Implication of amphiphysin 1 and dynamin 2 in tubulobulbar complex formation and spermatid release

Norihiro Kusumi, Masami Watanabe, Hiroshi Yamada, Shun Ai Li, Yuji Kashiwakura, Takashi Matsukawa, Atsushi Nagai, Yasutomo Nasu, Hiromi Kumon, Kohji Takei

Research output: Contribution to journalArticlepeer-review

36 Citations (Scopus)


Tubulobulbar complexes (TBCs) are composed of several tubular invaginations formed at the plasma membrane of testicular Sertoli cells. TBCs are transiently formed at the contact region with spermatids at spermatogenic stage VII in rat and mouse, and such TBC formation is prerequisite for spermatid release. Since the characteristic structure of TBCs suggests that the molecules implicated in endocytosis could be involved in TBC formation, we here investigated the localization and physiological roles of endocytic proteins, amphiphysin 1 and dynamin 2, at TBCs. We demonstrated by immunofluorescence that the endocytic proteins were concentrated at TBCs, where they colocalized with cytoskeletal proteins, such as actin and vinculin. Immunoelectron microscopy disclosed that both amphiphysin 1 and dynamin 2 were localized on TBC membrane. Next, we histologically examined the testis from amphiphysin 1 deficient {Amph -/-} mice. Morphometric analysis revealed that the number of TBCs was significantly reduced in Amph-/-. The ratio of stage VIII seminiferous tubules was increased, and the ratio of stage IX was conversely decreased in Amph-/-. Moreover, unreleased spermatids in stage VIII seminiferous tubules were increased in Amph-/-, indicating that spermatid release and the following transition from stage VIII to IX was prolonged in Amph-/- mice. These results suggest that amphiphysin 1 and dynamin 2 are involved in TBC formation and spermatid release at Sertoli cells.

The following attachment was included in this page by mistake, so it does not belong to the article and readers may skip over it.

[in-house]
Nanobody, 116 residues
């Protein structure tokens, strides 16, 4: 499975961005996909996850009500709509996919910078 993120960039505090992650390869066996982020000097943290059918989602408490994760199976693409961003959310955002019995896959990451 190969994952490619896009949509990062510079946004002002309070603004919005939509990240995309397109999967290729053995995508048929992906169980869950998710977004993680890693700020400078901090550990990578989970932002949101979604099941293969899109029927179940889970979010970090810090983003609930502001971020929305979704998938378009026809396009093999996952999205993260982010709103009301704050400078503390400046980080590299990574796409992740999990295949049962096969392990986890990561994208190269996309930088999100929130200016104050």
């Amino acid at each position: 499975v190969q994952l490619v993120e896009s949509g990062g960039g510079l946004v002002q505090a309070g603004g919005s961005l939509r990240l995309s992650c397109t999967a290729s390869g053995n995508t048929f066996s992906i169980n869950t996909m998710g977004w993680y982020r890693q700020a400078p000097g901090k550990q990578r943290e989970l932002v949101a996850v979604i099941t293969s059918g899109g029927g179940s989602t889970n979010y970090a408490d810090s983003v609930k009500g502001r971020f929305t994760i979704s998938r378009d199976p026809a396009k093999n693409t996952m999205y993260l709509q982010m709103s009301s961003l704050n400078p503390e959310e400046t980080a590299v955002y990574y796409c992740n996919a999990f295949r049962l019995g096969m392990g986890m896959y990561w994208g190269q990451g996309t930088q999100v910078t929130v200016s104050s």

Original languageEnglish
Pages (from-to)101-113
Number of pages13
JournalCell structure and function
Issue number2
Publication statusPublished - 2007


  • Amphiphysin 1
  • Dynamin 2
  • Endocytosis
  • Spermatogenesis
  • Testis
  • Tubulobulbar complex

ASJC Scopus subject areas

  • Physiology
  • Molecular Biology
  • Cell Biology


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